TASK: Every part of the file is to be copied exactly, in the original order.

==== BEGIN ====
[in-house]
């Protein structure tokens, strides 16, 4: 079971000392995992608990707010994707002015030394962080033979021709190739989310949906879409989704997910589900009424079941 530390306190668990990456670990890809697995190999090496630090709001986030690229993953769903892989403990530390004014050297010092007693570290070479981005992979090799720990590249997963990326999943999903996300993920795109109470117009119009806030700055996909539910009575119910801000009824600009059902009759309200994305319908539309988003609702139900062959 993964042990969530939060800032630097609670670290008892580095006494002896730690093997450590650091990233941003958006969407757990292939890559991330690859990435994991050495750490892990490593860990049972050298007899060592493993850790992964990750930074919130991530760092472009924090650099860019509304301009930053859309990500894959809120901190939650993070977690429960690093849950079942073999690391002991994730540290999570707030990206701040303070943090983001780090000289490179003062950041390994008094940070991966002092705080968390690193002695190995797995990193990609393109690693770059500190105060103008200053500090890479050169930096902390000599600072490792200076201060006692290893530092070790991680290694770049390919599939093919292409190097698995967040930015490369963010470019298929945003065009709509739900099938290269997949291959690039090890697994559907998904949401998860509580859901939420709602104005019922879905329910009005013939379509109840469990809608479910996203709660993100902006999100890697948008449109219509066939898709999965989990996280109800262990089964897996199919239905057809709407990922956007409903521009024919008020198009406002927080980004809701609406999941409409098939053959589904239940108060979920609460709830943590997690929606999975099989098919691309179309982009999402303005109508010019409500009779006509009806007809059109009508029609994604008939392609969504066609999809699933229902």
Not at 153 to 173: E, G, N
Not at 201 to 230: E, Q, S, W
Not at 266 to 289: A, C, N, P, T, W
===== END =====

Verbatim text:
[in-house]
């Protein structure tokens, strides 16, 4: 079971000392995992608990707010994707002015030394962080033979021709190739989310949906879409989704997910589900009424079941 530390306190668990990456670990890809697995190999090496630090709001986030690229993953769903892989403990530390004014050297010092007693570290070479981005992979090799720990590249997963990326999943999903996300993920795109109470117009119009806030700055996909539910009575119910801000009824600009059902009759309200994305319908539309988003609702139900062959 993964042990969530939060800032630097609670670290008892580095006494002896730690093997450590650091990233941003958006969407757990292939890559991330690859990435994991050495750490892990490593860990049972050298007899060592493993850790992964990750930074919130991530760092472009924090650099860019509304301009930053859309990500894959809120901190939650993070977690429960690093849950079942073999690391002991994730540290999570707030990206701040303070943090983001780090000289490179003062950041390994008094940070991966002092705080968390690193002695190995797995990193990609393109690693770059500190105060103008200053500090890479050169930096902390000599600072490792200076201060006692290893530092070790991680290694770049390919599939093919292409190097698995967040930015490369963010470019298929945003065009709509739900099938290269997949291959690039090890697994559907998904949401998860509580859901939420709602104005019922879905329910009005013939379509109840469990809608479910996203709660993100902006999100890697948008449109219509066939898709999965989990996280109800262990089964897996199919239905057809709407990922956007409903521009024919008020198009406002927080980004809701609406999941409409098939053959589904239940108060979920609460709830943590997690929606999975099989098919691309179309982009999402303005109508010019409500009779006509009806007809059109009508029609994604008939392609969504066609999809699933229902």
Not at 153 to 173: E, G, N
Not at 201 to 230: E, Q, S, W
Not at 266 to 289: A, C, N, P, T, W